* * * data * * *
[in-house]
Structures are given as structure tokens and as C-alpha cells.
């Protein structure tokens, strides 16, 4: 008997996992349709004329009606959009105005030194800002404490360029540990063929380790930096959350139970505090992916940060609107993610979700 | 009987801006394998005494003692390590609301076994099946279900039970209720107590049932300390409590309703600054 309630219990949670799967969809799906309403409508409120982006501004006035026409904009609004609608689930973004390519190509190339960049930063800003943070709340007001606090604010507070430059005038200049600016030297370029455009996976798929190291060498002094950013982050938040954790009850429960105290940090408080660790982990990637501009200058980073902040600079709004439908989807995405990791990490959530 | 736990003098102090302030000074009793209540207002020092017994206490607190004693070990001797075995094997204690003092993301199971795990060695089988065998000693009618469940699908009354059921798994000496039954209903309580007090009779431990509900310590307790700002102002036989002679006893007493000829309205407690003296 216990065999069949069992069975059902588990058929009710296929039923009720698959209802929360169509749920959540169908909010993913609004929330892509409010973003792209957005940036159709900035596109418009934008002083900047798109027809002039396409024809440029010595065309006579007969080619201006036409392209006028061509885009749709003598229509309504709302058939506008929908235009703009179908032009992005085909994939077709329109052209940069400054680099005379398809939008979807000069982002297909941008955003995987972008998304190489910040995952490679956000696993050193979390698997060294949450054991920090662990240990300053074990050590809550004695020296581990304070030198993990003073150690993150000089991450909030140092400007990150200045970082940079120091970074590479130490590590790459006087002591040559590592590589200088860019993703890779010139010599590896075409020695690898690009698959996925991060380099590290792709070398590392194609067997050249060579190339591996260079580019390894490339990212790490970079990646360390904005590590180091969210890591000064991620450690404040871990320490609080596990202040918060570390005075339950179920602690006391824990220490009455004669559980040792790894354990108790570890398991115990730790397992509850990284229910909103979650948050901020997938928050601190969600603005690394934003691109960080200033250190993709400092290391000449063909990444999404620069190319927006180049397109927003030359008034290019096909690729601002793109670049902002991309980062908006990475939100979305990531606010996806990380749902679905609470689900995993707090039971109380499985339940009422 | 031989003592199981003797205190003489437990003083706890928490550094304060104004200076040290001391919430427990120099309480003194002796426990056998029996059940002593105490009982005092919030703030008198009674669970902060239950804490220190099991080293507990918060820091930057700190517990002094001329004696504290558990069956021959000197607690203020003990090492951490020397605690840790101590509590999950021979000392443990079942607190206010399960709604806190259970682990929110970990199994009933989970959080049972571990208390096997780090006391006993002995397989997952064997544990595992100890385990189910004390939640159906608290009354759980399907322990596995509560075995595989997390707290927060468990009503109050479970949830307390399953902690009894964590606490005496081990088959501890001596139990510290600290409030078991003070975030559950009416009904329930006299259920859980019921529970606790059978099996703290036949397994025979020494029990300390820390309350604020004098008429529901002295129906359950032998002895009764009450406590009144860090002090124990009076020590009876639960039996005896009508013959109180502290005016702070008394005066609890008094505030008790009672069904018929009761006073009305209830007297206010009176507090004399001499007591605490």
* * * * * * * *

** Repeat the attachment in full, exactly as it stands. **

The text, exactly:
[in-house]
Structures are given as structure tokens and as C-alpha cells.
């Protein structure tokens, strides 16, 4: 008997996992349709004329009606959009105005030194800002404490360029540990063929380790930096959350139970505090992916940060609107993610979700 | 009987801006394998005494003692390590609301076994099946279900039970209720107590049932300390409590309703600054 309630219990949670799967969809799906309403409508409120982006501004006035026409904009609004609608689930973004390519190509190339960049930063800003943070709340007001606090604010507070430059005038200049600016030297370029455009996976798929190291060498002094950013982050938040954790009850429960105290940090408080660790982990990637501009200058980073902040600079709004439908989807995405990791990490959530 | 736990003098102090302030000074009793209540207002020092017994206490607190004693070990001797075995094997204690003092993301199971795990060695089988065998000693009618469940699908009354059921798994000496039954209903309580007090009779431990509900310590307790700002102002036989002679006893007493000829309205407690003296 216990065999069949069992069975059902588990058929009710296929039923009720698959209802929360169509749920959540169908909010993913609004929330892509409010973003792209957005940036159709900035596109418009934008002083900047798109027809002039396409024809440029010595065309006579007969080619201006036409392209006028061509885009749709003598229509309504709302058939506008929908235009703009179908032009992005085909994939077709329109052209940069400054680099005379398809939008979807000069982002297909941008955003995987972008998304190489910040995952490679956000696993050193979390698997060294949450054991920090662990240990300053074990050590809550004695020296581990304070030198993990003073150690993150000089991450909030140092400007990150200045970082940079120091970074590479130490590590790459006087002591040559590592590589200088860019993703890779010139010599590896075409020695690898690009698959996925991060380099590290792709070398590392194609067997050249060579190339591996260079580019390894490339990212790490970079990646360390904005590590180091969210890591000064991620450690404040871990320490609080596990202040918060570390005075339950179920602690006391824990220490009455004669559980040792790894354990108790570890398991115990730790397992509850990284229910909103979650948050901020997938928050601190969600603005690394934003691109960080200033250190993709400092290391000449063909990444999404620069190319927006180049397109927003030359008034290019096909690729601002793109670049902002991309980062908006990475939100979305990531606010996806990380749902679905609470689900995993707090039971109380499985339940009422 | 031989003592199981003797205190003489437990003083706890928490550094304060104004200076040290001391919430427990120099309480003194002796426990056998029996059940002593105490009982005092919030703030008198009674669970902060239950804490220190099991080293507990918060820091930057700190517990002094001329004696504290558990069956021959000197607690203020003990090492951490020397605690840790101590509590999950021979000392443990079942607190206010399960709604806190259970682990929110970990199994009933989970959080049972571990208390096997780090006391006993002995397989997952064997544990595992100890385990189910004390939640159906608290009354759980399907322990596995509560075995595989997390707290927060468990009503109050479970949830307390399953902690009894964590606490005496081990088959501890001596139990510290600290409030078991003070975030559950009416009904329930006299259920859980019921529970606790059978099996703290036949397994025979020494029990300390820390309350604020004098008429529901002295129906359950032998002895009764009450406590009144860090002090124990009076020590009876639960039996005896009508013959109180502290005016702070008394005066609890008094505030008790009672069904018929009761006073009305209830007297206010009176507090004399001499007591605490």